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Thursday, July 4, 2024

How to be an Ally? Learn our history!

Photo by Alexey Demidov

Most of the time adoption is viewed as a rescue in a sense. A child in need of a home is given one with a family who will raise that child as their own. That simple story often doesn’t resemble the reality of what adoption can mean for a child or that child’s first mother. That is even more true if a child was a part of a Native American tribe at any time over the history of our country.

The Count 2024

The number of children adopted out of Native American tribes is so unclear that journalist and Native American Adoptee Trace Lara Hentz has embarked on an ambitious plan to get a count of every Native American adoptee she can this year. She tries to explain just how far-flung Native Adoptees can be.

“The United States adoptees, some of them were sent to Canada and some of the Canadian adoptees were sent to the United States, but like the story I published on the American Indian There was a young woman from Canada who was taken to Scotland. I mean, literally, these adoptees are everywhere. I had a friend who found an adoptee in Iceland, So that’s why this count means so much to me. No one has ever published an actual count, one that we can look at and trust. It’s long overdue.” (1)

The Boarding School Nightmare

How did we get here? The tension between America’s original inhabitants and European settlers has been present since before America as a nation existed. Europeans tried to control or destroy the Native population in a variety of ways over the years. It was in the 1800s that they began to take the tribes’ children As Elizabeth Hidalgo Reece so aptly said in her article in Harper’s Bazaar, “The United States figured out a long time ago that it is impossible for a tribal nation to survive without its next generation.” (2) Native children were placed into boarding schools. The language and culture of their tribes of origin were forbidden. Children were dressed in the costumes of traditional European children and taught a whitewashed curriculum. More than 75% of the Native children who were in school at the turn of the century were in these boarding schools. (3) Life in a Native American boarding school wasn’t just harsh in the sense that the children there were deprived of their Native community. These schools were prone to disease outbreaks. Abuse of all kinds was known to plague these schools. The combination of lack of health care and abuse led to the deaths of hundreds of Native children throughout the existence of these schools. The number of dead in America is still not completely known. (4)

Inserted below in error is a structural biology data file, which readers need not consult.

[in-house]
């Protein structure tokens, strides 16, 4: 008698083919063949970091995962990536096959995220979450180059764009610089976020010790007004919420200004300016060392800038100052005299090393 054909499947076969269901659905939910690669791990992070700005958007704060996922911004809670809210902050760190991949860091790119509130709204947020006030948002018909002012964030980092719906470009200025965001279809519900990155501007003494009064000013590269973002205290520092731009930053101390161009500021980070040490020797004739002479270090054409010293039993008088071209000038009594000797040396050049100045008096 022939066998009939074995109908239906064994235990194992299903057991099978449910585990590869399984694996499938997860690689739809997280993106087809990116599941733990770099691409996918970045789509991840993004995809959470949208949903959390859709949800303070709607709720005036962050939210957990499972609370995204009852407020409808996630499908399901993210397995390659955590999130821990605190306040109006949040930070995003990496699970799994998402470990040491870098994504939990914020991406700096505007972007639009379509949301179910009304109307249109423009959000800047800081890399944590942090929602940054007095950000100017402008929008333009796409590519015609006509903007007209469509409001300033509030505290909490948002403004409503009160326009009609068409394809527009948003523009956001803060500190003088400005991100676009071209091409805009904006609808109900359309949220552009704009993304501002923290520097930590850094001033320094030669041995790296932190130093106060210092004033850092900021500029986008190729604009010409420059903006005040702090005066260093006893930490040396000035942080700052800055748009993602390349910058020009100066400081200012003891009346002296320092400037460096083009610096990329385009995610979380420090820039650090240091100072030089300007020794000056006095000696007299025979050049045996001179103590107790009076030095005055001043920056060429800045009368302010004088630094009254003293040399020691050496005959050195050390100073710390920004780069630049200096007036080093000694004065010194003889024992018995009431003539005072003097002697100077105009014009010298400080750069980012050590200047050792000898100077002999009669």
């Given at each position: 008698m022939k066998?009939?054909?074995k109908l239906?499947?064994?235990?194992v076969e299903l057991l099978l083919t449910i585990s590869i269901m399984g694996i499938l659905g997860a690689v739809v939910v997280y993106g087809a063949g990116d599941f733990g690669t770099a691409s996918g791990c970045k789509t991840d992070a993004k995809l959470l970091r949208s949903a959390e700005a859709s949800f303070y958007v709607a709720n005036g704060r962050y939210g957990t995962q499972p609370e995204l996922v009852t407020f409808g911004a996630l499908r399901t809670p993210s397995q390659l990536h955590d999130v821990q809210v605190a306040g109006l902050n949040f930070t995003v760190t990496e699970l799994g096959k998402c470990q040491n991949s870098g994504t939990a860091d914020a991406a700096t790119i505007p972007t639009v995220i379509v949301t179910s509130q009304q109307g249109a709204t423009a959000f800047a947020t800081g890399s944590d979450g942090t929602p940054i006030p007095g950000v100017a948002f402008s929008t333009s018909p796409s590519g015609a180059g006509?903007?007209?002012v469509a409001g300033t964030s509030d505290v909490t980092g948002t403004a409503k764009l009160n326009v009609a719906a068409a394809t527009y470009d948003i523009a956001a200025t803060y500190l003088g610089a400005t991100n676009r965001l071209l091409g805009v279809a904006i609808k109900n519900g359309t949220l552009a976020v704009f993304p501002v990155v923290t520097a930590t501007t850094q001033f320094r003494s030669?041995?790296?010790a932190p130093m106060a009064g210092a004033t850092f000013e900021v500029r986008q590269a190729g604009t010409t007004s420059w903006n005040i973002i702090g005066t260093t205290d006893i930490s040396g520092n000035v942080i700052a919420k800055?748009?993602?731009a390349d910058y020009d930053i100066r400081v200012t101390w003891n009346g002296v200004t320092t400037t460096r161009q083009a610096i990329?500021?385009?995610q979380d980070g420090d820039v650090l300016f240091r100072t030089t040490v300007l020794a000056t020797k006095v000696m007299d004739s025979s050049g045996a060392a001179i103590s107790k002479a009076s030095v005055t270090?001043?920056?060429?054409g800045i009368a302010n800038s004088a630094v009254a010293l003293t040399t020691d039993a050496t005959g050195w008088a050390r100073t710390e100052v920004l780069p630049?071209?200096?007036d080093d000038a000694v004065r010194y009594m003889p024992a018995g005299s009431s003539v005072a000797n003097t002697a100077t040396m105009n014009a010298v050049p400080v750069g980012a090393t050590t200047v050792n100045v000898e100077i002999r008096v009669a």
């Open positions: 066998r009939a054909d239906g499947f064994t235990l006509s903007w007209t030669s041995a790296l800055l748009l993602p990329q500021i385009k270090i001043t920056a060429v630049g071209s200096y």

The Indian Adoption Project Deception

Even when the boarding school movement began to wind down in the late 1950s to 1960s that didn’t mean that efforts to separate native children from their families using adoption was over. In this period the Indian Adoption Project began. (5)This was another government policy. Rather than shuffling Native children into boarding schools, this policy sought to get them placed into white families. It is said that social workers sometimes came to native homes and just took children without talking to the adults involved. (5)The criteria for taking children was often questionable, but Native people didn’t have the standing to speak up for themselves or their families. As many as ⅓ of Native children during this time were taken from their homes and placed with non-native families. (6) Before better protections were in place it is said that 75-80% of families living on a reservation had lost at least one child to adoption outside of their tribe. 

A Shred of Hope